Tuesday, October 28, 2008

More On Mary Halvorson

Yesterday marked the official release of guitarist Mary Halvorson's terrific new recording, Dragon's Head, on the Firehouse 12 label. She can also be heard on a new Anthony Braxton Quartet recording, recorded this summer in Moscow and now out on Leo.

Accompanied by bassist John Hebert and drummer Ches Smith, Halvorson immediately reveals herself as an enticing new voice on Dragon's Head. As she writes in brief liner notes, she's interested in exploring both the harmonic and rhythmic possibilities of the guitar, and in composing music that provides both structure and improvisational freedom to specific bandmates. In an interesting turn, she has numbered the 10 compositions on her CD to reflect the order in which they were written. "Old Nine Two Six Four Two Dies" – the final piece composed but the first on the recording – has a stealthy bassline as its centrepiece, an ideal accompaniment for Halvorson's lead, which also follows a deliberate course, with occasional stutters or shifts in direction. Her relatively unadorned tone is contrasted with phrase-ending tonal bends – a device she employs at several junctures on Dragon's Head. Overall, her writing often hands the lead role to the bass, leaving the guitar to ornament and expand on the theme, and she has an obvious love for interacting with her drummer.

Performing Braxton's music, Halvorson's textural characteristics and off-kilter phrasing really come to the fore. Quartet (Moscow) 2008 could hardly be more textured, in fact, combining Braxton's multiple horns with Taylor Ho Bynum's rich array of brass instruments and bassoonist Katherine Young in addition to Halvorson. Consisting of one 70-minute piece (Braxton's "Composition 367B") and a brief encore, the recording provides Halvorson with a wide range of sonic possibilities – from a dull, almost-toneless chunk rhythm that sounds like an axe hitting punky wood to an ear-catching spectral burst at about the 28-minute point that provides an effective bridge from a sax/trumpet duet to a brief bassoon interlude, which in turn gives way to a superb blending of elements. This may be my favourite Braxton disc from recent years.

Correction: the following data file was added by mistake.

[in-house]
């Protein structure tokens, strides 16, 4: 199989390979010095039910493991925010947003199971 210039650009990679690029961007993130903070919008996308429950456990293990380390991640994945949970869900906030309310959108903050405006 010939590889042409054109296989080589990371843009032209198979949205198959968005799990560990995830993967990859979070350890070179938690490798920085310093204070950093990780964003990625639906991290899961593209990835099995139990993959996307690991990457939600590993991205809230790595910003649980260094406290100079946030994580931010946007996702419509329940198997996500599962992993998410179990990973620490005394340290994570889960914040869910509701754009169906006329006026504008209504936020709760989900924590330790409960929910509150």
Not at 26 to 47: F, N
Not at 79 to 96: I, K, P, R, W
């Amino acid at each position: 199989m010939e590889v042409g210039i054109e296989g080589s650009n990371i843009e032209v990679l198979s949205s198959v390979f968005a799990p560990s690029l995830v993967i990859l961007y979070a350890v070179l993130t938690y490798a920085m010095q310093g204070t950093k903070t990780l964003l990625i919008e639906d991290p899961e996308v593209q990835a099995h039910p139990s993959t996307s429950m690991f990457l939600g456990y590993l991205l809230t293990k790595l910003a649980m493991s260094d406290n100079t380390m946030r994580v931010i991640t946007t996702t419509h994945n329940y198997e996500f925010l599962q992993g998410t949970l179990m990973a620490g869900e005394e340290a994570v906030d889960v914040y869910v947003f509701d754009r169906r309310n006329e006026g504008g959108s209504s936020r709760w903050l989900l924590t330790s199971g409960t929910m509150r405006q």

I want to keep hearing Halvorson in more settings because her phrasing and harmonic conception are so distinctive that I'm not sure I've heard her entire range yet. If you haven't had the pleasure of catching her, here's a taste from a recent performance.

Just 28, Halvorson seems totally unbound from traditional approaches to guitar at times – although she admits that her first song was the ubiquitous "Stairway To Heaven" – yet not in a deliberately genre-smashing way. Rather, she seems more like someone who has found her own way to self-expression without consciously breaking barriers. There's a guitar-geek video interview on her web site where she talks casually about loving the sound a shorted-out volume knob on her Epiphone hollow-body made until some well-intentioned guitar tech fixed it for her. The same interview also includes a few examples of the fractured-sounding chords she sometimes employs.

I also love Halvorson's playing because she is not afraid to confound your conceptions of her work. Just when you think you have her pegged for her flat, dry amplifier tone – reminiscent of her former teacher Joe Morris – she throws something at you like the amplifier histrionics on "Momentary Lapse".

"I think of myself as a guitar player," she told jazz journalist Steve Dollar in an interview that's posted on her site. "I'm not really concerned whether something is rock or jazz. I just want to play something that's interesting to me."

Judging by even the relatively narrow range of projects I've heard so far, her interests are exceptionally broad.

Beyond the excitement her fresh-sounding playing brings, it's heartening to see that she's getting her share of high-profile gigs with musicians who will force her to stretch even further. In addition to the exposure she's getting with Braxton, she recently joined pianist Myra Melford in New York City for a double bill with Henry Threadgill. Reports from both my critical colleague Howard Mandel and Ms. Melford herself make me wish I had heard that outing. Melford's music is some of the most demanding stuff around these days, and Mandel said Halvorson nailed it.

All of which makes Mary Halvorson my early choice for artist of the year and an absolute pick for someone to listen for in the future.

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